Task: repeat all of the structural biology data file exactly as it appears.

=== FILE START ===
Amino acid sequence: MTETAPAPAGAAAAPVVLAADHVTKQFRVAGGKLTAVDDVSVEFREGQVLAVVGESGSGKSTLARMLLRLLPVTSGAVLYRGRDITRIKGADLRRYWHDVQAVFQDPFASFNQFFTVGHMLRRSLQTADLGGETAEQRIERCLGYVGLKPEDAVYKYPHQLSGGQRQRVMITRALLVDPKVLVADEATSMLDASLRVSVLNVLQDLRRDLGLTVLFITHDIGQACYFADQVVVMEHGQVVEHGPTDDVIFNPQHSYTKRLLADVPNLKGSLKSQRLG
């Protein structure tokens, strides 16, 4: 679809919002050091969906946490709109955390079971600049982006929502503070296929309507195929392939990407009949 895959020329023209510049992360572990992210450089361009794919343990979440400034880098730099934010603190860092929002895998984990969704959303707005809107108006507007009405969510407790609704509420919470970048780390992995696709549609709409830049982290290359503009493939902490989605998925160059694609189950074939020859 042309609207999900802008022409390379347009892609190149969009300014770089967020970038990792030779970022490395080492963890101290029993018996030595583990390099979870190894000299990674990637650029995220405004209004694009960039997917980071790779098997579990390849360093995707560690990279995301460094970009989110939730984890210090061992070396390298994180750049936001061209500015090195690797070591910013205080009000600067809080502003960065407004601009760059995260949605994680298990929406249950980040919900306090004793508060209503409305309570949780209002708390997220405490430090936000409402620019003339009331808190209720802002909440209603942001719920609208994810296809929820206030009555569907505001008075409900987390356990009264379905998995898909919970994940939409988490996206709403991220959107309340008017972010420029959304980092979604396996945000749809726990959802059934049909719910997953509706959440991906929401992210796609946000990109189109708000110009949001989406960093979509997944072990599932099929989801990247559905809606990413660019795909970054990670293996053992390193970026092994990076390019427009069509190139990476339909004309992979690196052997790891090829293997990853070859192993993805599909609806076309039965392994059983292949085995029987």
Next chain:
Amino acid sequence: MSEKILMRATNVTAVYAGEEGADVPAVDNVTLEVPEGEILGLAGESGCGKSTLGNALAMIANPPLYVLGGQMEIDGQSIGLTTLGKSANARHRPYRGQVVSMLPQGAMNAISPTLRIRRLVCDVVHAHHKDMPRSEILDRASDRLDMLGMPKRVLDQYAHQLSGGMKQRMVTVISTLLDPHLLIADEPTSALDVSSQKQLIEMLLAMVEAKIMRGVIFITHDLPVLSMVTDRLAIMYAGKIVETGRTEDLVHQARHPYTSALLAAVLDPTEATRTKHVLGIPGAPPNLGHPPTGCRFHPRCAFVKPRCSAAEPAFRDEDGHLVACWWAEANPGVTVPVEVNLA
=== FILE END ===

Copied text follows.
Amino acid sequence: MTETAPAPAGAAAAPVVLAADHVTKQFRVAGGKLTAVDDVSVEFREGQVLAVVGESGSGKSTLARMLLRLLPVTSGAVLYRGRDITRIKGADLRRYWHDVQAVFQDPFASFNQFFTVGHMLRRSLQTADLGGETAEQRIERCLGYVGLKPEDAVYKYPHQLSGGQRQRVMITRALLVDPKVLVADEATSMLDASLRVSVLNVLQDLRRDLGLTVLFITHDIGQACYFADQVVVMEHGQVVEHGPTDDVIFNPQHSYTKRLLADVPNLKGSLKSQRLG
């Protein structure tokens, strides 16, 4: 679809919002050091969906946490709109955390079971600049982006929502503070296929309507195929392939990407009949 895959020329023209510049992360572990992210450089361009794919343990979440400034880098730099934010603190860092929002895998984990969704959303707005809107108006507007009405969510407790609704509420919470970048780390992995696709549609709409830049982290290359503009493939902490989605998925160059694609189950074939020859 042309609207999900802008022409390379347009892609190149969009300014770089967020970038990792030779970022490395080492963890101290029993018996030595583990390099979870190894000299990674990637650029995220405004209004694009960039997917980071790779098997579990390849360093995707560690990279995301460094970009989110939730984890210090061992070396390298994180750049936001061209500015090195690797070591910013205080009000600067809080502003960065407004601009760059995260949605994680298990929406249950980040919900306090004793508060209503409305309570949780209002708390997220405490430090936000409402620019003339009331808190209720802002909440209603942001719920609208994810296809929820206030009555569907505001008075409900987390356990009264379905998995898909919970994940939409988490996206709403991220959107309340008017972010420029959304980092979604396996945000749809726990959802059934049909719910997953509706959440991906929401992210796609946000990109189109708000110009949001989406960093979509997944072990599932099929989801990247559905809606990413660019795909970054990670293996053992390193970026092994990076390019427009069509190139990476339909004309992979690196052997790891090829293997990853070859192993993805599909609806076309039965392994059983292949085995029987």
Next chain:
Amino acid sequence: MSEKILMRATNVTAVYAGEEGADVPAVDNVTLEVPEGEILGLAGESGCGKSTLGNALAMIANPPLYVLGGQMEIDGQSIGLTTLGKSANARHRPYRGQVVSMLPQGAMNAISPTLRIRRLVCDVVHAHHKDMPRSEILDRASDRLDMLGMPKRVLDQYAHQLSGGMKQRMVTVISTLLDPHLLIADEPTSALDVSSQKQLIEMLLAMVEAKIMRGVIFITHDLPVLSMVTDRLAIMYAGKIVETGRTEDLVHQARHPYTSALLAAVLDPTEATRTKHVLGIPGAPPNLGHPPTGCRFHPRCAFVKPRCSAAEPAFRDEDGHLVACWWAEANPGVTVPVEVNLA